20/07/2024 4:19 AM


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Fashion vs. the Economy: Retail Faces Double Dip

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The economic roller coaster isn’t over — and fashion can just hold on as tight as possible. 

As horrible as the first phase of the coronavirus crisis was, it was relatively straightforward (and straight down). Almost everybody was forced to shut down and go home, leading a projected contraction of more than 30 percent in second-quarter gross domestic product and an unemployment rate of more than 11 percent. 

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Even though the initial shock passed, that sinking feeling hasn’t gone away. No one knows what’s coming next. For retailers and brands, that means adjusting their business models and conserving cash, fingers-crossed they make it to the other side of the open-ended economic crisis. 

The coronavirus is the driving force behind the chaos, but it’s not the only variable. The reactions to the pandemic on the part of federal policy makers, consumers and brands will also factor into just how rough of a ride it is for the rest of the year and into 2021 — with most companies of almost every strip pretty much ignoring the rest of 2020 (if they can) and plotting their strategies for next year, when the hope is there will be at least some recovery.

Beyond the case count, which is spiking in the key markets of Texas, Florida and California, the most important factor to watch could be the stimulus package that’s still forming in Washington. 

So far the federal government has carried the economy with loans to businesses, the Paycheck Protection Program that helped keep workers on the job, expanded unemployment benefits and more. The trillions of dollars have helped prop up the stock market, businesses and spending. 

“Consumers right now, if anything, are awash in cash because they got the stimulus checks and anyone who’s unemployed has gotten extra benefits, so there’s a lot of money kicking around right now,” said Scott Hoyt, senior director of consumer economics at Moody’s Analytics. 

But many of the key support programs from Washington are set to expire soon, so lawmakers are expected to pump more money into the system, with the projected size of the next aid package varying widely from $1 trillion to $5 trillion.

“If we’re not too far from the worst of it, then you can probably get by on $1.5 trillion or $2 trillion,” Hoyt said. “If we were to get [hit by the virus] so badly that we had to significantly shut down again, then, who knows? You might well need more than that.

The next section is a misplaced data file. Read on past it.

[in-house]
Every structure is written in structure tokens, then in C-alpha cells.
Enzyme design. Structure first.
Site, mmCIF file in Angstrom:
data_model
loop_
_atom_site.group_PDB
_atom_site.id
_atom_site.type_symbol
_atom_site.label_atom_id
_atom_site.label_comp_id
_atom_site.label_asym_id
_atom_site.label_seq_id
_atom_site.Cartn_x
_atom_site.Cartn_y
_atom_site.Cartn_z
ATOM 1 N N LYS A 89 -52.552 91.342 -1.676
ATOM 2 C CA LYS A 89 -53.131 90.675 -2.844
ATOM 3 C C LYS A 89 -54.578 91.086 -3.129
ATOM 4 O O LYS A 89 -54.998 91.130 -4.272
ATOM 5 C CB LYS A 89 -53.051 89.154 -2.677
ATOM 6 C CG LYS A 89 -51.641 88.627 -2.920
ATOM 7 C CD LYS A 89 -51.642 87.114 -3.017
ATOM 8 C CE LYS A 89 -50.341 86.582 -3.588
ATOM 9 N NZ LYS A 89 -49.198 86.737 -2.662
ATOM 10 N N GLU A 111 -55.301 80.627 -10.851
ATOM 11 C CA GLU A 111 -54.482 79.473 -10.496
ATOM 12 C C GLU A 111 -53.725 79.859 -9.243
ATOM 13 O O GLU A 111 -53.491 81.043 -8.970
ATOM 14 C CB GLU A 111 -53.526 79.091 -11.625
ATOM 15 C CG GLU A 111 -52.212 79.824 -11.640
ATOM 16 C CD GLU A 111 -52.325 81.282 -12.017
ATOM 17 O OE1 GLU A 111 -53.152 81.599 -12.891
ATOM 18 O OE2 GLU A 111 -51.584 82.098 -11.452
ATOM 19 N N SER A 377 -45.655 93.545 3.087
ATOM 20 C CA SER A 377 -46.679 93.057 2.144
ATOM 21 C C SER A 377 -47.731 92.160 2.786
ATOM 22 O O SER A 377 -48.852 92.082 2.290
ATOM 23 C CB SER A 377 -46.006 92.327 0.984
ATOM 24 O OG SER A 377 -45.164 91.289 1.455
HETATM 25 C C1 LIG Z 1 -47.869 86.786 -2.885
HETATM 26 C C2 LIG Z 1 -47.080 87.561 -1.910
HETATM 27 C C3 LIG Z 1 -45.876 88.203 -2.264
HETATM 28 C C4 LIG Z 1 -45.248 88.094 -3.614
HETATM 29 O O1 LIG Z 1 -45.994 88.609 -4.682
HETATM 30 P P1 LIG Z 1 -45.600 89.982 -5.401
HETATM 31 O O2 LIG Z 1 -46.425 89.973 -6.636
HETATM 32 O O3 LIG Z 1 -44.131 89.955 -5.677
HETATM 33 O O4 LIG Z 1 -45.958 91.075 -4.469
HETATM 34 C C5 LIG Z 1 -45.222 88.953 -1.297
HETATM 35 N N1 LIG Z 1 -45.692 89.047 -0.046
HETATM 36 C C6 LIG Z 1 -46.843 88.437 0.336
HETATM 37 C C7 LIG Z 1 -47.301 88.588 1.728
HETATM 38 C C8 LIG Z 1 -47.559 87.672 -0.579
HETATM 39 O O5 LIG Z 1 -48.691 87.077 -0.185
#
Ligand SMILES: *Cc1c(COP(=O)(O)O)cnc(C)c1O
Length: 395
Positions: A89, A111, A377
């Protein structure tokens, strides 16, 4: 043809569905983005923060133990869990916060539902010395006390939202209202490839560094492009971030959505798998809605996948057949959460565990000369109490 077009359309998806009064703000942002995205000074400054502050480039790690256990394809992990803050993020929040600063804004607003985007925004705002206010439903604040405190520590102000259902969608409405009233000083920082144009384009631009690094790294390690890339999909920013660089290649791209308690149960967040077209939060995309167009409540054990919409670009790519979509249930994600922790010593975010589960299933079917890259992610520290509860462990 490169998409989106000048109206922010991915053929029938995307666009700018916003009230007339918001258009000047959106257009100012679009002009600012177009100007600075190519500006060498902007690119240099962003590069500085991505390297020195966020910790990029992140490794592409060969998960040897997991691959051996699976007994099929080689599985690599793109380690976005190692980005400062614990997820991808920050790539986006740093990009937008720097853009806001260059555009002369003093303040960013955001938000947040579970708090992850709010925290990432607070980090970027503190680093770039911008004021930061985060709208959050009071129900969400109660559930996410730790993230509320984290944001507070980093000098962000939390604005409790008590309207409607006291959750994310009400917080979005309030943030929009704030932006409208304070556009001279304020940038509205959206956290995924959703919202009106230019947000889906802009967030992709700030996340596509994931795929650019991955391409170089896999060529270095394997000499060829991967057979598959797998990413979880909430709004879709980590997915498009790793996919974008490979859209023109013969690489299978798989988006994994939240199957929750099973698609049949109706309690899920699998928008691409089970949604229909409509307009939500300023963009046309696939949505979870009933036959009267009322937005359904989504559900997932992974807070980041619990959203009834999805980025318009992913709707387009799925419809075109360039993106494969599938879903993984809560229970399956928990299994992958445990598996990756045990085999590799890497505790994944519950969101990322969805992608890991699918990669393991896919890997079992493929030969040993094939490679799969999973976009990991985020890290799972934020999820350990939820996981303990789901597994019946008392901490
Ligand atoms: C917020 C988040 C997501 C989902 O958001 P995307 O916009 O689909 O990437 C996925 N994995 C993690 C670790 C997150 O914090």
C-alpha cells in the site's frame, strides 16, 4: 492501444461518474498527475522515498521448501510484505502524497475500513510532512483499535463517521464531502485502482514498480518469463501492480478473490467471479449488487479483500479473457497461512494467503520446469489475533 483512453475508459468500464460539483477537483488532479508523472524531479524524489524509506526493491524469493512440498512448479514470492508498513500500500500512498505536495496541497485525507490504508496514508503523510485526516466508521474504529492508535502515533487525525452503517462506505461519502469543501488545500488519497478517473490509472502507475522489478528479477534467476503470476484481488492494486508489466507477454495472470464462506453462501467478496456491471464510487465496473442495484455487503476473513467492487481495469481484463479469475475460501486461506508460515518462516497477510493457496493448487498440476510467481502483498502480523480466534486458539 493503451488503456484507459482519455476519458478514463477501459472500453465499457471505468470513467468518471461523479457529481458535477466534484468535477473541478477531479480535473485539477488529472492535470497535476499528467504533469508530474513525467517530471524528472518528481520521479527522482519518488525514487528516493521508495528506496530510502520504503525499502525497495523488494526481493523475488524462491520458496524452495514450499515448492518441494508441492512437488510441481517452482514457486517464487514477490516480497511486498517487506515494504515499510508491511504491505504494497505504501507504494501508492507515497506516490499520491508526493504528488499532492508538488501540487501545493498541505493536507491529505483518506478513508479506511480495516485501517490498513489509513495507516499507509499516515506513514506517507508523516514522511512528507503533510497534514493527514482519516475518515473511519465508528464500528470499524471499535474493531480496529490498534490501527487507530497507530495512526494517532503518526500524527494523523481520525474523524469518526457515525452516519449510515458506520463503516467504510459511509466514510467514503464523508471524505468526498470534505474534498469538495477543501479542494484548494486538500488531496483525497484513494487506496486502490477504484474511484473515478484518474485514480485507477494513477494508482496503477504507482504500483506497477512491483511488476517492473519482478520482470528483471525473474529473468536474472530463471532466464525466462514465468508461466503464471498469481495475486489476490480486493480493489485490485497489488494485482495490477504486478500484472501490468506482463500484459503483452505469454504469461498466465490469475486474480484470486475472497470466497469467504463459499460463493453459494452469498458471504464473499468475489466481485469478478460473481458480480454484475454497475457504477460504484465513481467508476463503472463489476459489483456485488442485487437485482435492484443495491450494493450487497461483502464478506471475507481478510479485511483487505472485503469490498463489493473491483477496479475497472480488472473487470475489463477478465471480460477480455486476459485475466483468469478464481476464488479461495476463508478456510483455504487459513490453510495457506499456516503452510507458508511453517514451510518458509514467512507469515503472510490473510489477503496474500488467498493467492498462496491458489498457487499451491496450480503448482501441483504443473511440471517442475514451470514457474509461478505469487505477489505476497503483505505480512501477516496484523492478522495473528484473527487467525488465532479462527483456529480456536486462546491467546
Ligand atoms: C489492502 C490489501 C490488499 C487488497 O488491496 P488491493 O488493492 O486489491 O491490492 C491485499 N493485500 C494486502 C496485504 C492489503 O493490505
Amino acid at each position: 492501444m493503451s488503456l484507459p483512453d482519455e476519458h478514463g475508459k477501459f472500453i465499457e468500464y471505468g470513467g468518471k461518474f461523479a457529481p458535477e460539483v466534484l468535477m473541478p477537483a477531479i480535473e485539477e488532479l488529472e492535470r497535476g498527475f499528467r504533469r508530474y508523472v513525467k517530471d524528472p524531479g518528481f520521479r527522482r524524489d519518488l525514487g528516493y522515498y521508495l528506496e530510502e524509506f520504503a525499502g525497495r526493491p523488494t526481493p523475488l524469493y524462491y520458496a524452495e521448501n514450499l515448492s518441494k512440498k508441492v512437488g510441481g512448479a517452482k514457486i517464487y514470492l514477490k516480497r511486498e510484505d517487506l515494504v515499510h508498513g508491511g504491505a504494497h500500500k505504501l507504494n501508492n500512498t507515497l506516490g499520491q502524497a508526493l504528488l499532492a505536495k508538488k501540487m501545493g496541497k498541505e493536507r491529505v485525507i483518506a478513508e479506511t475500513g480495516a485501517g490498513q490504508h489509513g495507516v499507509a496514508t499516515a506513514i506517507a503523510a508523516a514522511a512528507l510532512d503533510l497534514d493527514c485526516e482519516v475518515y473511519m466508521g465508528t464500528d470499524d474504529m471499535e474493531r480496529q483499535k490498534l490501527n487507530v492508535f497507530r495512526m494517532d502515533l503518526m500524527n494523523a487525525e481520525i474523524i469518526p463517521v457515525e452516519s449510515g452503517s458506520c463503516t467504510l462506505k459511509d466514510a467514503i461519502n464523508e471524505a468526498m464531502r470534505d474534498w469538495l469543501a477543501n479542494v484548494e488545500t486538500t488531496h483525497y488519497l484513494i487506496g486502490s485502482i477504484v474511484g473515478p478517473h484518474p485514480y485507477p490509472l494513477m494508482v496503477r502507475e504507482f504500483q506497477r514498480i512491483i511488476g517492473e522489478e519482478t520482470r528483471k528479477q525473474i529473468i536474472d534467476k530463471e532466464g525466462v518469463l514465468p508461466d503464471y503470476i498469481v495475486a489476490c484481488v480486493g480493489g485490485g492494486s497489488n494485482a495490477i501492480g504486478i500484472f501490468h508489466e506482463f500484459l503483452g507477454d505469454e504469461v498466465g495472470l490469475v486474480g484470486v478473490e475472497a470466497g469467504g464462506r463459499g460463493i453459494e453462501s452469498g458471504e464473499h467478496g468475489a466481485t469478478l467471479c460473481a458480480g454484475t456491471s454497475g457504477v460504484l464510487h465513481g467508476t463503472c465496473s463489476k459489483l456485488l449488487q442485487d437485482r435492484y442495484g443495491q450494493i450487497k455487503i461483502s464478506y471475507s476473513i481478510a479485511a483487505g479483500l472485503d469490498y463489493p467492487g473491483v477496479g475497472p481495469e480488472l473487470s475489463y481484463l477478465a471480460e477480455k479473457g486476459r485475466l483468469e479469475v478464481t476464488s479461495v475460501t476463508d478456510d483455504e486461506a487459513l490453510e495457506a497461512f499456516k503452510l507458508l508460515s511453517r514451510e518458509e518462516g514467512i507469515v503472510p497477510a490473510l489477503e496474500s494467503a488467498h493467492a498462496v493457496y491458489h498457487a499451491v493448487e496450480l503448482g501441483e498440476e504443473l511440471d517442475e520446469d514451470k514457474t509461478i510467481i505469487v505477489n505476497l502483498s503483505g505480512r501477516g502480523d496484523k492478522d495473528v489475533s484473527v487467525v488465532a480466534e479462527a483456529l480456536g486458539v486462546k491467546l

“It’s hard to see things improving more than very gradually until the virus is materially less of an issue, which means herd immunity, which no one seems to think we’re very close to, or an effective treatment or a vaccine,” Hoyt said. “Almost any economic outlook has to be contingent on a very heroic assumption about when you achieve one of those three things.”

In the meantime, economists are watching case counts as closely as they watch consumers and factory orders, while Wall Street investors are keyed into Washington in case the lawmakers turn off the spigot. 

“The economy is going to move with the virus, the stock market is going to move with the government,” said Paul Nolte, partner and wealth manager at Kingsview Partners, which has $1.5 billion under management. 

“This is a health-care issue and no amount of money is going to fix that until we get the virus under control and no one knows when that’s going to be,” Nolte said.

The reaction to the virus is evolving, with cities and states testing how much they can loosen social distancing restrictions and still keep COVID-19 in check.

“I don’t think we’re going back to all the way off to where we where we were in March, where it was a complete shutdown,” Nolte said. “So from that perspective we’ve learned something.”

Stores that have opened back up might have to close again, but perhaps can continue with curbside pickup, which has become a sudden growth avenue for retail. That trickle of business, along with the booming trade in e-commerce, could help many stores muddle through.

“We may be in a very slow, recessionary environment for a while,” Nolte said. “Depression — we probably avoided that, but I think we’ll have, depending on the state and area, a ‘rolling recession’ where you have these shutdowns for a month, where you back off of different things.”